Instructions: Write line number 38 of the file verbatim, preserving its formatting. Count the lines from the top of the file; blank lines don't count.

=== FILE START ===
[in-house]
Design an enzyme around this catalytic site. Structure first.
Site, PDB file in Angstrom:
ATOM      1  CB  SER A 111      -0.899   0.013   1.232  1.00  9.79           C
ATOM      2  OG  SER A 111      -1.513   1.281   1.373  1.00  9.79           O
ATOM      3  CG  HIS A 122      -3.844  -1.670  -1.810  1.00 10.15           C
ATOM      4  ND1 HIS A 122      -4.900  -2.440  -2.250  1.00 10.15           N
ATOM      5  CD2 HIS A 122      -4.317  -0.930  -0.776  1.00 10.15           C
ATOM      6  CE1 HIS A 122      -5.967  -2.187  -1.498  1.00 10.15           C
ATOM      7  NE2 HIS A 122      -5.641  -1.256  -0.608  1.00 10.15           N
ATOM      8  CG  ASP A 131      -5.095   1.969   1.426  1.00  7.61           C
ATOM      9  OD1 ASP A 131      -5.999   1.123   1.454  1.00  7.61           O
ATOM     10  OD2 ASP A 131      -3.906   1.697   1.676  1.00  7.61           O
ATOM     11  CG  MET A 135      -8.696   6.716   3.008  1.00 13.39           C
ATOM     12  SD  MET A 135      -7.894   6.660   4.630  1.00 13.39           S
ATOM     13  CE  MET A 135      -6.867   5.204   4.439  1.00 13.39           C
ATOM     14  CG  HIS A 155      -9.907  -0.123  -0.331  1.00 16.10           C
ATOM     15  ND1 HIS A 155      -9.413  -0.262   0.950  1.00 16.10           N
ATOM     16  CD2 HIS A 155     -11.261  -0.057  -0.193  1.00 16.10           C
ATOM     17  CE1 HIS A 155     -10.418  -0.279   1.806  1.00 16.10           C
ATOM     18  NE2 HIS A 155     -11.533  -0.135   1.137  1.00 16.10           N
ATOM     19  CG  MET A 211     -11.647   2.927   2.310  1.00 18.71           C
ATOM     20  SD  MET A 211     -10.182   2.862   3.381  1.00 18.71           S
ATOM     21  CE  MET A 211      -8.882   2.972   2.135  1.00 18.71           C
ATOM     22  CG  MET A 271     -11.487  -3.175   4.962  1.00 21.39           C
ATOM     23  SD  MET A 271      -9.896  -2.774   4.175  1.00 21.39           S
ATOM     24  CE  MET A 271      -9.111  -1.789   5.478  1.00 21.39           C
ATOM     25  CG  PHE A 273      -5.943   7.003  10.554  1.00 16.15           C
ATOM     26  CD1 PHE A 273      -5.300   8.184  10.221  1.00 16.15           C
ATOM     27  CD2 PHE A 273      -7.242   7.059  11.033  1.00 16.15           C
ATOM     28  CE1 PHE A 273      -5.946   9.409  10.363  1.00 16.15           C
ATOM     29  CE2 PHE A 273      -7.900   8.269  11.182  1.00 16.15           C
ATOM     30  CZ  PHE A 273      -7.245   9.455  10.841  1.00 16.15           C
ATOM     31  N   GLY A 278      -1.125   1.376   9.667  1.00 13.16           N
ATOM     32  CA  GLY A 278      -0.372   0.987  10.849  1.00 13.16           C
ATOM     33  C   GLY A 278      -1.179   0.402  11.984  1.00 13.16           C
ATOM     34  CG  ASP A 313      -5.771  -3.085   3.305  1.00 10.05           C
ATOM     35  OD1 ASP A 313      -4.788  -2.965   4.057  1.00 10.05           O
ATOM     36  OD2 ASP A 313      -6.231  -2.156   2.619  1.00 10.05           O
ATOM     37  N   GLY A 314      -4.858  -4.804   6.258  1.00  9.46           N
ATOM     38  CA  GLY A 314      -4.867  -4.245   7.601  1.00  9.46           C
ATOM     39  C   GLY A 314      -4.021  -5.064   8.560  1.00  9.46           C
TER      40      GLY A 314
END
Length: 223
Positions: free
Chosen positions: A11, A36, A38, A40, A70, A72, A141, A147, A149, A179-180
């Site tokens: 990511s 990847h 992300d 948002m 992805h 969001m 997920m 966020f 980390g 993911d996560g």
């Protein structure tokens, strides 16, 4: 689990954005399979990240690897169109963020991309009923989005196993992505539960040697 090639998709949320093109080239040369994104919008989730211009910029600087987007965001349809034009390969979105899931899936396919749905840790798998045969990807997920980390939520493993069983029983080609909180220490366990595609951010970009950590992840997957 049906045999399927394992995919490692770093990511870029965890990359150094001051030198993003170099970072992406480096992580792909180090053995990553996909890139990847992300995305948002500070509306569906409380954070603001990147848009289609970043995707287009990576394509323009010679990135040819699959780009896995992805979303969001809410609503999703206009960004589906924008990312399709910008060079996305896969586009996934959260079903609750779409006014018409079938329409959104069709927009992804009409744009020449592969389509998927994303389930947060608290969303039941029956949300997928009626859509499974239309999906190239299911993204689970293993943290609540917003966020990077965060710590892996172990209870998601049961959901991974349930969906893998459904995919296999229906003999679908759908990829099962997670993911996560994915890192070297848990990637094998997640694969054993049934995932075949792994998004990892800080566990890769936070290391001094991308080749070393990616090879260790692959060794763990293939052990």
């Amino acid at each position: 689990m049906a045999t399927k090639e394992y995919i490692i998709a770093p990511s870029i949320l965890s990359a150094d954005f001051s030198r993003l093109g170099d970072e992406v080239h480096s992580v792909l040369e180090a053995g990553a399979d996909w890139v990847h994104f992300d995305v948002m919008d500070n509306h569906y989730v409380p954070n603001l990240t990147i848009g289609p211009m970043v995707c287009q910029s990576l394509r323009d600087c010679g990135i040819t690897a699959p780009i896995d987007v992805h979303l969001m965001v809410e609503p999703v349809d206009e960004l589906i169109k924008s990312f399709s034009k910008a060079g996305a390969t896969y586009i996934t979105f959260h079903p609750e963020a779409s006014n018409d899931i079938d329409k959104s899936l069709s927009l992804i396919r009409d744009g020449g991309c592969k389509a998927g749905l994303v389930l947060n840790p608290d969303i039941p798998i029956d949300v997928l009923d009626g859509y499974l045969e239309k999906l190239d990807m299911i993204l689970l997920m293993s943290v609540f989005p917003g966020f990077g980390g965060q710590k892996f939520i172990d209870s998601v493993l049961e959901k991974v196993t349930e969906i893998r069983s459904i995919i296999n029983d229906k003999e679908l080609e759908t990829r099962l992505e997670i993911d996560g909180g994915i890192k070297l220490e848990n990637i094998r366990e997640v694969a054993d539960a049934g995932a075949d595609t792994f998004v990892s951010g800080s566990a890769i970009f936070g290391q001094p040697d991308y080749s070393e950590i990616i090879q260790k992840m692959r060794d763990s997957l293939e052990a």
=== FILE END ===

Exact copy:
ATOM     35  OD1 ASP A 313      -4.788  -2.965   4.057  1.00 10.05           O